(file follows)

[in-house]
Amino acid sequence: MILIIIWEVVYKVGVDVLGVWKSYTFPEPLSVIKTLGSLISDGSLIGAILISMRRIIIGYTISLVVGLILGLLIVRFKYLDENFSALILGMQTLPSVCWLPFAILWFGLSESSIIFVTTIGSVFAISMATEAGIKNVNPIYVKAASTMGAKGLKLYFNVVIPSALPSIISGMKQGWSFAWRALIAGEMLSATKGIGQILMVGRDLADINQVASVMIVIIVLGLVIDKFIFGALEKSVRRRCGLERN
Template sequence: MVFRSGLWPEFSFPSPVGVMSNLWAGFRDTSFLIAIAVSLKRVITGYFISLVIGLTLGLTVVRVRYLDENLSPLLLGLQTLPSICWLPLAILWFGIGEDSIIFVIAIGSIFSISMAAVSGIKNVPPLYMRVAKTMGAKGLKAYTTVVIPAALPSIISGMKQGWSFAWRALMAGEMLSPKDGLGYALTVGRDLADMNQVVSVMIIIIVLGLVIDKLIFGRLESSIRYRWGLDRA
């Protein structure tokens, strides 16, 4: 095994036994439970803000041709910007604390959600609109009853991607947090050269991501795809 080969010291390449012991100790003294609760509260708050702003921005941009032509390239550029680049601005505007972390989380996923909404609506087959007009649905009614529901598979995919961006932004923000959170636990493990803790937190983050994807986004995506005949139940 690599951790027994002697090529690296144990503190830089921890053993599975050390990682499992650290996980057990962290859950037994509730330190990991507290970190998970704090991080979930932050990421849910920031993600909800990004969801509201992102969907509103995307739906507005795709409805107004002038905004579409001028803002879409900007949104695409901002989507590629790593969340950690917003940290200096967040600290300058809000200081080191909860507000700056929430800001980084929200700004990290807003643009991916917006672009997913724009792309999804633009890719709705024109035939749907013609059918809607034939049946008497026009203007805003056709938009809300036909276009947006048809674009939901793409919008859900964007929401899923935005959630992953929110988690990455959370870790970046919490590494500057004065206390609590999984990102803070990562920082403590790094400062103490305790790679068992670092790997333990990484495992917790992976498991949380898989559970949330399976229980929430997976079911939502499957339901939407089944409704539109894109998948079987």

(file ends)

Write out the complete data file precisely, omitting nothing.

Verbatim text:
[in-house]
Amino acid sequence: MILIIIWEVVYKVGVDVLGVWKSYTFPEPLSVIKTLGSLISDGSLIGAILISMRRIIIGYTISLVVGLILGLLIVRFKYLDENFSALILGMQTLPSVCWLPFAILWFGLSESSIIFVTTIGSVFAISMATEAGIKNVNPIYVKAASTMGAKGLKLYFNVVIPSALPSIISGMKQGWSFAWRALIAGEMLSATKGIGQILMVGRDLADINQVASVMIVIIVLGLVIDKFIFGALEKSVRRRCGLERN
Template sequence: MVFRSGLWPEFSFPSPVGVMSNLWAGFRDTSFLIAIAVSLKRVITGYFISLVIGLTLGLTVVRVRYLDENLSPLLLGLQTLPSICWLPLAILWFGIGEDSIIFVIAIGSIFSISMAAVSGIKNVPPLYMRVAKTMGAKGLKAYTTVVIPAALPSIISGMKQGWSFAWRALMAGEMLSPKDGLGYALTVGRDLADMNQVVSVMIIIIVLGLVIDKLIFGRLESSIRYRWGLDRA
């Protein structure tokens, strides 16, 4: 095994036994439970803000041709910007604390959600609109009853991607947090050269991501795809 080969010291390449012991100790003294609760509260708050702003921005941009032509390239550029680049601005505007972390989380996923909404609506087959007009649905009614529901598979995919961006932004923000959170636990493990803790937190983050994807986004995506005949139940 690599951790027994002697090529690296144990503190830089921890053993599975050390990682499992650290996980057990962290859950037994509730330190990991507290970190998970704090991080979930932050990421849910920031993600909800990004969801509201992102969907509103995307739906507005795709409805107004002038905004579409001028803002879409900007949104695409901002989507590629790593969340950690917003940290200096967040600290300058809000200081080191909860507000700056929430800001980084929200700004990290807003643009991916917006672009997913724009792309999804633009890719709705024109035939749907013609059918809607034939049946008497026009203007805003056709938009809300036909276009947006048809674009939901793409919008859900964007929401899923935005959630992953929110988690990455959370870790970046919490590494500057004065206390609590999984990102803070990562920082403590790094400062103490305790790679068992670092790997333990990484495992917790992976498991949380898989559970949330399976229980929430997976079911939502499957339901939407089944409704539109894109998948079987």